just wondering this but where in the hell does iron from space come from??? i watched some show on the histroy channel about iron asteriods on how they could destroy earth but i did not hear on where the iron comes from. where in space?????
Copyright © 2023 Q2A.MX - All rights reserved.
Answers & Comments
Heavy metals like iron are formed in a Supernova explosion. A supernova is a massive explosion of a star that occurs under two possible scenarios. The first is that a white dwarf star undergoes a nuclear based explosion after absorbing mass from a neighboring star (usually a red giant). The second, and more common, cause is when a massive star, usually a red giant, reaches iron in its nuclear fusion (or burning) processes. Iron has one of the highest binding energies of all of the elements and is the last element that can be produced by nuclear fusion, exothermically. All nuclear fusion reactions from here on are endothermic and so the star loses energy. The star's gravity then pulls its outer layers rapidly inward. The star collapses very quickly, and then explodes.
If the meteorite came from a large body, such as a shattered small planet, the body could have been large enough to have an iron-nickel core, like the earth (some of the very large meteors between Jupiter and Mars have iron cores).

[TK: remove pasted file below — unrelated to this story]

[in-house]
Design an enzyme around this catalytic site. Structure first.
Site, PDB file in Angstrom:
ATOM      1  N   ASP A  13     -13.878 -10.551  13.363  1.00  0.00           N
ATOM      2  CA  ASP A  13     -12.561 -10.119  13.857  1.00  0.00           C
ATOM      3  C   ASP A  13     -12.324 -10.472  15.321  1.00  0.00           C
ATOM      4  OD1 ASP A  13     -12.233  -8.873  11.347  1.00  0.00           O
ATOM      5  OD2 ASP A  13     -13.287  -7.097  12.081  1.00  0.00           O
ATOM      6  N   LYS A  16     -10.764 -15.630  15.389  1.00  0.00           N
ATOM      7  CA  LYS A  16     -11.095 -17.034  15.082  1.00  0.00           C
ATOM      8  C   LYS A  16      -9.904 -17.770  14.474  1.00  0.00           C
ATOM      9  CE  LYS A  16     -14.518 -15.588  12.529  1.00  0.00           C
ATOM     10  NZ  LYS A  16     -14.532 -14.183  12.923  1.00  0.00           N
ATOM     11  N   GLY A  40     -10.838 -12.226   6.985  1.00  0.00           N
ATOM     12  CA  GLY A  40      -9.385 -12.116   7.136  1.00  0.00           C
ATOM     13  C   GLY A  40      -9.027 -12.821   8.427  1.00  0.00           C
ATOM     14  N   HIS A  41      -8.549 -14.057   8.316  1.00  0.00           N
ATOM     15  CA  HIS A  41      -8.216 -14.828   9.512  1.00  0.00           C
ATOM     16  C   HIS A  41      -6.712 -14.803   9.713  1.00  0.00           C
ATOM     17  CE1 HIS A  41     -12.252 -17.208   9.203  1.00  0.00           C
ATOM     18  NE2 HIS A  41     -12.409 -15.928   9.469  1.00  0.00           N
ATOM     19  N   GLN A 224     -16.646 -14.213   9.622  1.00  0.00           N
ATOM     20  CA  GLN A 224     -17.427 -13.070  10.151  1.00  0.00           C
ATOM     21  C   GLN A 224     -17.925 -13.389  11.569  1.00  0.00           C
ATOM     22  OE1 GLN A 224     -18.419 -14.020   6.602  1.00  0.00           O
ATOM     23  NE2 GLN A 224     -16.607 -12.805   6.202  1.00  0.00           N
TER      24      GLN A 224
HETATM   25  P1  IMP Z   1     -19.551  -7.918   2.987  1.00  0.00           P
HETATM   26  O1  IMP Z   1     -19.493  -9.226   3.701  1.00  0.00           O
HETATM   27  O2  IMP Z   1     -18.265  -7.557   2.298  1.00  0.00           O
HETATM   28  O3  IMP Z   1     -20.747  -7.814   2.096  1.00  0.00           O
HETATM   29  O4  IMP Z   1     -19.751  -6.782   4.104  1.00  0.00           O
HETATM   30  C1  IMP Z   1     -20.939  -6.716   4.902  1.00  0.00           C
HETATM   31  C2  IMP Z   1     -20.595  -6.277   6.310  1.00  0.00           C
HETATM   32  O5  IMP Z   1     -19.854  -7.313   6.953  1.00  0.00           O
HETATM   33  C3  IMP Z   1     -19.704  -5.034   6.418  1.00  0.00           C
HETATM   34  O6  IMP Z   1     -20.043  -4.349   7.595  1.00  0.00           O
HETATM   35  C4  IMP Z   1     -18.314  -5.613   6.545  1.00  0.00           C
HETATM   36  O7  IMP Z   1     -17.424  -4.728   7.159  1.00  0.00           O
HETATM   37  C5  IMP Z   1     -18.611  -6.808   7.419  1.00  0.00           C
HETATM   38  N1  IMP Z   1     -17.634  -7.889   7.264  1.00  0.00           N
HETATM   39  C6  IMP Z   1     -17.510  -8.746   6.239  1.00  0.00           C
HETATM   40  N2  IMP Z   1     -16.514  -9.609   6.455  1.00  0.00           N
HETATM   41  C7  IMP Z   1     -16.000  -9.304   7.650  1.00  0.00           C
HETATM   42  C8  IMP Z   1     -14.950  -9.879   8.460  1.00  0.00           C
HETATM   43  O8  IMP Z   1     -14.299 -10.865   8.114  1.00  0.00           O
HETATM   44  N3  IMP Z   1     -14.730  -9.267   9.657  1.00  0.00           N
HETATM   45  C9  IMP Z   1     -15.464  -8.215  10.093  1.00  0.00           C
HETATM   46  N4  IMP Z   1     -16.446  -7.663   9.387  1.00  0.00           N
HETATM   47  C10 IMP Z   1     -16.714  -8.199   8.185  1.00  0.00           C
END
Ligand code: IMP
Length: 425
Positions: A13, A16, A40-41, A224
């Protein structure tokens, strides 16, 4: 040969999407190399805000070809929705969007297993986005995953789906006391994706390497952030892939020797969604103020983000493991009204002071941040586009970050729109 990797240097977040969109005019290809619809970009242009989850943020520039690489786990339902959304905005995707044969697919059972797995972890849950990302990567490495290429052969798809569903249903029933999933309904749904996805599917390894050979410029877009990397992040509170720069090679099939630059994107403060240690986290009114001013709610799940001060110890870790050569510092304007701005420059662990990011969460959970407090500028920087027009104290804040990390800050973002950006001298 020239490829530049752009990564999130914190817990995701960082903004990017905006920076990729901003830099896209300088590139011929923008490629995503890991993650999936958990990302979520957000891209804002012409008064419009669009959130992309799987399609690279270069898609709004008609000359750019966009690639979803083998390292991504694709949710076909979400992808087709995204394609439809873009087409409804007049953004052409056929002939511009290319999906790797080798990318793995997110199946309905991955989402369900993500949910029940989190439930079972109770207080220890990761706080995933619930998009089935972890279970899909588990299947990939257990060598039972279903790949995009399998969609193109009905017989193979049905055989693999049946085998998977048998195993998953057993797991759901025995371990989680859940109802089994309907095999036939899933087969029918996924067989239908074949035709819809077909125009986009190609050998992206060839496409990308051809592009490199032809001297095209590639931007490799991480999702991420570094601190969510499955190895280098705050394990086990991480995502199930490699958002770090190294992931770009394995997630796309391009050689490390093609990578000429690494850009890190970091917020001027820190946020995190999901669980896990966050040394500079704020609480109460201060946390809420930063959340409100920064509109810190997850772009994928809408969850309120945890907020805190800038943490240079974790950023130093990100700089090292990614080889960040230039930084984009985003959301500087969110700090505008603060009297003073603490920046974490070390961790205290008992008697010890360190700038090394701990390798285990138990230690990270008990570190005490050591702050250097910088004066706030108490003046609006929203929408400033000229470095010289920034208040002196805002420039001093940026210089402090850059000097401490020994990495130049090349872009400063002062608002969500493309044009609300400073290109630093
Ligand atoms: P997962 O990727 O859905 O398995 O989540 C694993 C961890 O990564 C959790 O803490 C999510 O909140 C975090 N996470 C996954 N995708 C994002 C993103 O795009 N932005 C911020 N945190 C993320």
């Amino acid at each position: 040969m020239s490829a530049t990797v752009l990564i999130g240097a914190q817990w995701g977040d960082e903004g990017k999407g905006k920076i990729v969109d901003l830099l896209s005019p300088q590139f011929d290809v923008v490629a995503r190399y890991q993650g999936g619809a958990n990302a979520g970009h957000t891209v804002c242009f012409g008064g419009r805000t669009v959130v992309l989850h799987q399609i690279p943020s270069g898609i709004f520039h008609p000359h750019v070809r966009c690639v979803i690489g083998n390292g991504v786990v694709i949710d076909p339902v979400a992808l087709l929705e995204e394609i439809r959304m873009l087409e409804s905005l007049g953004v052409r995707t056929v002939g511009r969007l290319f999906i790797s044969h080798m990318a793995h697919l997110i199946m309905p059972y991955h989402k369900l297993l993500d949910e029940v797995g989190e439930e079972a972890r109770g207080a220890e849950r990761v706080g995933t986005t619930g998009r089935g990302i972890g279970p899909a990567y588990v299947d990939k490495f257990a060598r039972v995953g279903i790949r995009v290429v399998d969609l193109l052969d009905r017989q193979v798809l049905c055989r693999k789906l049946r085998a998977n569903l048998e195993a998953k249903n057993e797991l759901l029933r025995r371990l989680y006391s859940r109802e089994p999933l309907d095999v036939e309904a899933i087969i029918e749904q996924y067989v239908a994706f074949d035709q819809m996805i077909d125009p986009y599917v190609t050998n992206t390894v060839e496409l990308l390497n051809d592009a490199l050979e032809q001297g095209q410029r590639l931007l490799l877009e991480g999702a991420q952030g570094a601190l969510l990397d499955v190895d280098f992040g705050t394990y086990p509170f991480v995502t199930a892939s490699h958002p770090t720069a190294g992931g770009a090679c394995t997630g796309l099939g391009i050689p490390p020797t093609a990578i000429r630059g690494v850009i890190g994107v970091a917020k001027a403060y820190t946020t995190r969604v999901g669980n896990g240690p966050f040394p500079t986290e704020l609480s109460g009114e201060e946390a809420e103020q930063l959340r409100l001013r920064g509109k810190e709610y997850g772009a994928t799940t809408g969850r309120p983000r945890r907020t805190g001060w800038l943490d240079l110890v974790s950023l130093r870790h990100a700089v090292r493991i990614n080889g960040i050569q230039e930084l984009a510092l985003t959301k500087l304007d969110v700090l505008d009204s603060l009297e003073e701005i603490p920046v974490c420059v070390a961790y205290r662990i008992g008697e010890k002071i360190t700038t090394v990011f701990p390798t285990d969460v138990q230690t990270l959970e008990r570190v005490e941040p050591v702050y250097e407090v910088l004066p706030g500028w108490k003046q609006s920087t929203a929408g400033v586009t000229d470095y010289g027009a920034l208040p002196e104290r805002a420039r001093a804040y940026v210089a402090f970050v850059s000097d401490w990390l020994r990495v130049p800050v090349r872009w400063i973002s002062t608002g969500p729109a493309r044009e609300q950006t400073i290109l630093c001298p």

The body could have been shattered by colliding with another large body, when the solar system was still in the process of forming.
If the meteorite came from the outer, rocky layer of the shattered body, it would be a stony meteorite.
There is another, rarer type of meteorite called a carbonaceous chondrite; and these are believed to have formed early in the history of the solar system, and not to have formed later on.
Iron production is the last phase of most stars, trillions of stars have spewed untold tons of iron into space and a lot of it ends up as asteroids, once in a few million years one these asteroids hits our planet and can cause great destruction. Scientists are aware of this and there is a faint hope that we will be able to alter the path of any that are headed this way.
Asteroids could be remnants from other planets or moons that have been previously destroyed and now their fragments (including iron ore and other minerals) are now just drifting along endlessly in space. Iron of course comes from the arrangement of certain molecules over a long persiod of time.
In the early days of the solar system (some 4.6 billion years ago) asteroids had metallic cores, middle regions of stone and iron, and surfaces of stone. Over time, many of them collided with others and broke apart. The fragments, which became many of today's asteroids, are therefore classified as irons, stony-irons or stony.
Iron and all heavy elements come from dying stars. When stars die the helium and hydrogen in them fuse together to form heavier elements (everything from iron to gold to carbon ... you name it).